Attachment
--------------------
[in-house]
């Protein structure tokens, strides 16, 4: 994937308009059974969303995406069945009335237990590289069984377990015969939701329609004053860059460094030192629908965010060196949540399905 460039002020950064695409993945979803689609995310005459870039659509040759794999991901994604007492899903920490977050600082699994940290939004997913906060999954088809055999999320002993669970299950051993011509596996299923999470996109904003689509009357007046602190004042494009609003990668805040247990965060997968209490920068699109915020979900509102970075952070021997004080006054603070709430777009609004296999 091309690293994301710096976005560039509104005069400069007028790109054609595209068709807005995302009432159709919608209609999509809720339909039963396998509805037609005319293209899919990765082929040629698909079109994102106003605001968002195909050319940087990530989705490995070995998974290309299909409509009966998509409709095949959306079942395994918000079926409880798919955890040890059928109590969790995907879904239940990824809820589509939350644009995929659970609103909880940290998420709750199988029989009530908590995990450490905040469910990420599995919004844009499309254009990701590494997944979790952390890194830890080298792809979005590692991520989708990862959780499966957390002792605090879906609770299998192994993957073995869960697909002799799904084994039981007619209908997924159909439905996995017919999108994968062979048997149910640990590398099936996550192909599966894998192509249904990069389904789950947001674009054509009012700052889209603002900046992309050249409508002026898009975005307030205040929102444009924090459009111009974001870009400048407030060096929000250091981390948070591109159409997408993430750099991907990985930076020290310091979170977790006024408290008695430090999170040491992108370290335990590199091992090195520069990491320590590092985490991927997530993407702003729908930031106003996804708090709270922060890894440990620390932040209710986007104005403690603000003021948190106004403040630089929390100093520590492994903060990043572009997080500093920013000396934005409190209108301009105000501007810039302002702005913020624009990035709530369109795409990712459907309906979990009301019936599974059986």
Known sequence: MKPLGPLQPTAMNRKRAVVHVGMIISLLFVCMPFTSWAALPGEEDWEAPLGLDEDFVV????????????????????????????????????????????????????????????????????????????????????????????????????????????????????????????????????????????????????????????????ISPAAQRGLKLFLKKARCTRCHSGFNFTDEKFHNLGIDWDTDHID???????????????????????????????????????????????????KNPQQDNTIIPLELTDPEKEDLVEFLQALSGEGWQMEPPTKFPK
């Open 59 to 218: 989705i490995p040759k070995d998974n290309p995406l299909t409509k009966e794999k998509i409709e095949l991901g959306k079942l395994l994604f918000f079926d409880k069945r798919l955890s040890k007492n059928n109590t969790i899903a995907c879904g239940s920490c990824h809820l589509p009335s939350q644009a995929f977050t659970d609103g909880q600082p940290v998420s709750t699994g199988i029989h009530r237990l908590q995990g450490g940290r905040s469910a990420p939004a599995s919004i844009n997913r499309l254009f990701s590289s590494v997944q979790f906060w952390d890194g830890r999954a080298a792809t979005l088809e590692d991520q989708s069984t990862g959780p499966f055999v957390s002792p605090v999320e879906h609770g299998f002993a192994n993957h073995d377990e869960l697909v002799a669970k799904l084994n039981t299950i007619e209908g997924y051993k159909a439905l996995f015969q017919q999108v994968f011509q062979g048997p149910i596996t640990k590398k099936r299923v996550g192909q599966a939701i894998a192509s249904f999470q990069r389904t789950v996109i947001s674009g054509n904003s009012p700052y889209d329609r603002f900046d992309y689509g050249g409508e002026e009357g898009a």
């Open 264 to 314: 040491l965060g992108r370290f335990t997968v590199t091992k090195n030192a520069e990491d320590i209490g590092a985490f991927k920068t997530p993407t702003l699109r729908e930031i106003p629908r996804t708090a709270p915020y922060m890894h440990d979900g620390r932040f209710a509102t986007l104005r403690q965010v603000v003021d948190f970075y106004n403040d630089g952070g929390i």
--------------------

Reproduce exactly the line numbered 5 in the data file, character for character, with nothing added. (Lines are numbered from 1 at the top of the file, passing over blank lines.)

């Open 264 to 314: 040491l965060g992108r370290f335990t997968v590199t091992k090195n030192a520069e990491d320590i209490g590092a985490f991927k920068t997530p993407t702003l699109r729908e930031i106003p629908r996804t708090a709270p915020y922060m890894h440990d979900g620390r932040f209710a509102t986007l104005r403690q965010v603000v003021d948190f970075y106004n403040d630089g952070g929390i």